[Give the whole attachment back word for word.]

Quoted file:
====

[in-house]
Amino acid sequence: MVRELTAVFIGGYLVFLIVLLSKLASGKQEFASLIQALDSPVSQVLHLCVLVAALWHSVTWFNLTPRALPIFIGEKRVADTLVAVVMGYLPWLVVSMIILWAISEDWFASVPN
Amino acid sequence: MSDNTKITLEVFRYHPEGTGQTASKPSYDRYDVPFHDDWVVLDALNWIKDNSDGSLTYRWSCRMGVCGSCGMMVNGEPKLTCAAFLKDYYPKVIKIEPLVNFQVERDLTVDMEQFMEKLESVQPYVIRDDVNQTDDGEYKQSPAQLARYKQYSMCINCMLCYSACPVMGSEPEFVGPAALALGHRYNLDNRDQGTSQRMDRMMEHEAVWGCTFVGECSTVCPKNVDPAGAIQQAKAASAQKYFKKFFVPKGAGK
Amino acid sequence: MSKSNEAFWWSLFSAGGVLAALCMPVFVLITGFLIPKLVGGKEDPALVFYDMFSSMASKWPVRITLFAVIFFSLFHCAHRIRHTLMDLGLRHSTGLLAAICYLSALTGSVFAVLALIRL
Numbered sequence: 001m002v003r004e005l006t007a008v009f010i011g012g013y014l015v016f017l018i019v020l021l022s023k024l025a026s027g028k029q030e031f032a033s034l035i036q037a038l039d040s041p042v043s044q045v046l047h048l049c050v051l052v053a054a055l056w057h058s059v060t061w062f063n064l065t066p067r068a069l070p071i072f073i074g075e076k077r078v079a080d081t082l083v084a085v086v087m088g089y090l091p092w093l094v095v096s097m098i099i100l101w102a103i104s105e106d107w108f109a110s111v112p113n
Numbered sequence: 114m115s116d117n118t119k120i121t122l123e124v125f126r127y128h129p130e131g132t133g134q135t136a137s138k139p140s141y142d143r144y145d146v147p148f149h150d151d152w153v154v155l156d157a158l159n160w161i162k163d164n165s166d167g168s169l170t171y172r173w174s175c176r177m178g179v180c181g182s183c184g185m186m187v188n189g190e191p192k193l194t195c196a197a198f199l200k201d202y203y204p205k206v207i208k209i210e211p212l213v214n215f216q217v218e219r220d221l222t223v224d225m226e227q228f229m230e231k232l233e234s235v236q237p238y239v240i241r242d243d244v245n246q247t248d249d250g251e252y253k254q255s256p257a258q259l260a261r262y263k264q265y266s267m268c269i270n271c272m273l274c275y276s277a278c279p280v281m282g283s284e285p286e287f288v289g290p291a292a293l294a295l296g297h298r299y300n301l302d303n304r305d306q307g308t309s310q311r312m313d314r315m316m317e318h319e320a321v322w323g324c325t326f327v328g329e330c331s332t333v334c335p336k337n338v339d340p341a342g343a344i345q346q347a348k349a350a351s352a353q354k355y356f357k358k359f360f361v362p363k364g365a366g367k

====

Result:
[in-house]
Amino acid sequence: MVRELTAVFIGGYLVFLIVLLSKLASGKQEFASLIQALDSPVSQVLHLCVLVAALWHSVTWFNLTPRALPIFIGEKRVADTLVAVVMGYLPWLVVSMIILWAISEDWFASVPN
Amino acid sequence: MSDNTKITLEVFRYHPEGTGQTASKPSYDRYDVPFHDDWVVLDALNWIKDNSDGSLTYRWSCRMGVCGSCGMMVNGEPKLTCAAFLKDYYPKVIKIEPLVNFQVERDLTVDMEQFMEKLESVQPYVIRDDVNQTDDGEYKQSPAQLARYKQYSMCINCMLCYSACPVMGSEPEFVGPAALALGHRYNLDNRDQGTSQRMDRMMEHEAVWGCTFVGECSTVCPKNVDPAGAIQQAKAASAQKYFKKFFVPKGAGK
Amino acid sequence: MSKSNEAFWWSLFSAGGVLAALCMPVFVLITGFLIPKLVGGKEDPALVFYDMFSSMASKWPVRITLFAVIFFSLFHCAHRIRHTLMDLGLRHSTGLLAAICYLSALTGSVFAVLALIRL
Numbered sequence: 001m002v003r004e005l006t007a008v009f010i011g012g013y014l015v016f017l018i019v020l021l022s023k024l025a026s027g028k029q030e031f032a033s034l035i036q037a038l039d040s041p042v043s044q045v046l047h048l049c050v051l052v053a054a055l056w057h058s059v060t061w062f063n064l065t066p067r068a069l070p071i072f073i074g075e076k077r078v079a080d081t082l083v084a085v086v087m088g089y090l091p092w093l094v095v096s097m098i099i100l101w102a103i104s105e106d107w108f109a110s111v112p113n
Numbered sequence: 114m115s116d117n118t119k120i121t122l123e124v125f126r127y128h129p130e131g132t133g134q135t136a137s138k139p140s141y142d143r144y145d146v147p148f149h150d151d152w153v154v155l156d157a158l159n160w161i162k163d164n165s166d167g168s169l170t171y172r173w174s175c176r177m178g179v180c181g182s183c184g185m186m187v188n189g190e191p192k193l194t195c196a197a198f199l200k201d202y203y204p205k206v207i208k209i210e211p212l213v214n215f216q217v218e219r220d221l222t223v224d225m226e227q228f229m230e231k232l233e234s235v236q237p238y239v240i241r242d243d244v245n246q247t248d249d250g251e252y253k254q255s256p257a258q259l260a261r262y263k264q265y266s267m268c269i270n271c272m273l274c275y276s277a278c279p280v281m282g283s284e285p286e287f288v289g290p291a292a293l294a295l296g297h298r299y300n301l302d303n304r305d306q307g308t309s310q311r312m313d314r315m316m317e318h319e320a321v322w323g324c325t326f327v328g329e330c331s332t333v334c335p336k337n338v339d340p341a342g343a344i345q346q347a348k349a350a351s352a353q354k355y356f357k358k359f360f361v362p363k364g365a366g367k